On 47th Anniversary, the Equal Pay Act Must Finally Live Up to its Name

Image: Linda MericImagine for a moment that you work in a department with three employees: one African-American, one Caucasian and one Latina. One day, someone new is hired.

Imagine discovering that this new hire is to be paid much more than any of you; even more than the Latina, who has been employed there for 14 years. Imagine your outrage; especially since the only difference is that all of you are women — and the new hire is a man.

This story, from a Denver woman who now works in the financial industry, might be shocking to those of us who believe in equity and fairness, but it’s not unique.

All over this country, similar stories play out, most anonymous and a few now famous — like that of Lilly Ledbetter, who worked 20 years at a Goodyear plant in Alabama before learning that the men who performed the same job as she had been earning more all along.

It’s time that pay discrimination end and the pay gap close in this country — and there is something we all can do about it right now! Push the U.S. Senate to pass the Paycheck Fairness Act.

On average, women earn about 77 cents for every dollar earned by men. For women of color, African American women and Latinas, the gap is even wider. Men of color experience a pay gap, too, compared to white men. Some don’t like to talk about it; some even refuse to believe it. Some think we got past this kind of blatant discrimination long ago.

Forty-seven years ago, when President John F. Kennedy signed the Equal Pay Act into law, women’s rights activists celebrated. After years of effort, finally there was a law that prohibited women from being paid less than men for doing the exact same jobs.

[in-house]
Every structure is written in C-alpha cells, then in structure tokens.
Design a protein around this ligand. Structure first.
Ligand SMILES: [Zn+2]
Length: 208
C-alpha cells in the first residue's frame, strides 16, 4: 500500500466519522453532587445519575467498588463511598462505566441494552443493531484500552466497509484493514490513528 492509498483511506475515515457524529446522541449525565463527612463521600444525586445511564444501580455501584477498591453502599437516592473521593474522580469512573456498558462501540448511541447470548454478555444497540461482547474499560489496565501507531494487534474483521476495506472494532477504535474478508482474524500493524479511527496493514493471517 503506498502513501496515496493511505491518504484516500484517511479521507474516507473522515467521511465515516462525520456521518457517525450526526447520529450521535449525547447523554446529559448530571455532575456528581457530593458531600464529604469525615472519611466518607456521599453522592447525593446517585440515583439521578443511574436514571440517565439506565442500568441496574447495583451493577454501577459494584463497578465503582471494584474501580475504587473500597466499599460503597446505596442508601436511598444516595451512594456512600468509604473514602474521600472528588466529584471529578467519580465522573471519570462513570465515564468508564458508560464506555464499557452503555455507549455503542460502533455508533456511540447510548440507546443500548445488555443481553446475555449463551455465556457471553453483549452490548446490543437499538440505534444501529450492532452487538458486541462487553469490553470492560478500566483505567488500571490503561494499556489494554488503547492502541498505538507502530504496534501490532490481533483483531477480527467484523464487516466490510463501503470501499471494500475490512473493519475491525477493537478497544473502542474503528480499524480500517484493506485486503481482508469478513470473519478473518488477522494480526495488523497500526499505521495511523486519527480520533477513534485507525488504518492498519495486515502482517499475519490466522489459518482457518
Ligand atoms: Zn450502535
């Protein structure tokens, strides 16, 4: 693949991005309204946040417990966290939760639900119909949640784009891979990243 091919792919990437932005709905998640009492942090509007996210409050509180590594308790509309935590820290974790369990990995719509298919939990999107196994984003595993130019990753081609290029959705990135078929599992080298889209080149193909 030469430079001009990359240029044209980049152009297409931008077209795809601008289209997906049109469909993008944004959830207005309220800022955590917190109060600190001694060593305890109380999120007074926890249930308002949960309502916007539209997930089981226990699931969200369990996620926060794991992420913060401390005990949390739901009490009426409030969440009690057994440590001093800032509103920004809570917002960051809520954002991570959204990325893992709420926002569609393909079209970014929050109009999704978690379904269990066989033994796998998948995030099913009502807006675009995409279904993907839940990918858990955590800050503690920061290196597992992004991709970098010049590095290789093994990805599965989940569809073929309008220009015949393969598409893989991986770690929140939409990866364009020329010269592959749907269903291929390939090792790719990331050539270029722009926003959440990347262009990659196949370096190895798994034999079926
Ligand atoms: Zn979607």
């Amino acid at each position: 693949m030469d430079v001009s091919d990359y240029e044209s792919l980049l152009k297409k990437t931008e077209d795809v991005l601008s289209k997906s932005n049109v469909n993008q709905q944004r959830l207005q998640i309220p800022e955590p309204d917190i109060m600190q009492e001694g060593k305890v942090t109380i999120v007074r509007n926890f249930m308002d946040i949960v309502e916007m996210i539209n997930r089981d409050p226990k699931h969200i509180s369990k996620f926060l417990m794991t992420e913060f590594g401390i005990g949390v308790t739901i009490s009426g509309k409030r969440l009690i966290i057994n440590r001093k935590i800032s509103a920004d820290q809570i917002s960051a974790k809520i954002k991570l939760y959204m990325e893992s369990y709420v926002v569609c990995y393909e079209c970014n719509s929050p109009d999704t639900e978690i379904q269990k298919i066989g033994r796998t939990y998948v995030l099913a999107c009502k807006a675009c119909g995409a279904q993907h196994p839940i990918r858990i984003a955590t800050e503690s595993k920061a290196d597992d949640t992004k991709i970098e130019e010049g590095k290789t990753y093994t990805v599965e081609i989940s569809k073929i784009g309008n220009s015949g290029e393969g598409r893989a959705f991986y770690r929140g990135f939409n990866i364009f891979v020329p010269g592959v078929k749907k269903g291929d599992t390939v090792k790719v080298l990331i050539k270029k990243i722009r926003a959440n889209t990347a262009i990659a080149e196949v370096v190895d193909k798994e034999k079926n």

Women finally had some equality in their paychecks — at least by law. When the Equal Pay Act passed, women earned, on average, 60 cents for every dollar earned by men. In the forty-seven years that have passed, the pay gap has closed by less than less than 20 cents.

Now, we have a chance to make further progress to close the pay gap: the Paycheck Fairness Act.

A desperately needed update to the Equal Pay Act of 1963, the Paycheck Fairness Act (S. 182) would close loopholes, strengthen business incentives to end pay discrimination, prohibit retaliation against workers who share wage information, and bring the Equal Pay Act in line with other civil rights laws.

The Paycheck Fairness Act has passed in the House of Representatives. President Barack Obama is ready to sign it into law. But it’s bottlenecked in the U. S. Senate. If it doesn’t move forward this year, we’ll have to start all over again.

Meanwhile, paying women less affects not only us and our families, but our communities and even our nation because it means we have less to spend on rent and mortgage payments, medical care, taxes, retirement savings and other basic necessities.

Women can’t afford to lose another penny. Our nation can’t afford to wait another year.

Speak out now. Encourage the Senate to pass this much needed update so that the Equal Pay Act of 1963 can finally start to live up to its name.

Help us support the Paycheck Fairness Act by contacting your Congressman and urging their voice behind the bill.

About The Author: Linda Meric is Executive Director of 9to5, National Association of Working Women, an inclusive multi-racial membership-based organization founded in 1973 to strengthen the ability of low-income women to win economic justice through grassroots organizing and policy advocacy. Linda has spent more than 30 years as a labor and community organizer. She also serves as an adjunct professor specializing in sexual harassment and other workplace issues.

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Madeline Messa

Madeline Messa is a 3L at Syracuse University College of Law. She graduated from Penn State with a degree in journalism. With her legal research and writing for Workplace Fairness, she strives to equip people with the information they need to be their own best advocate.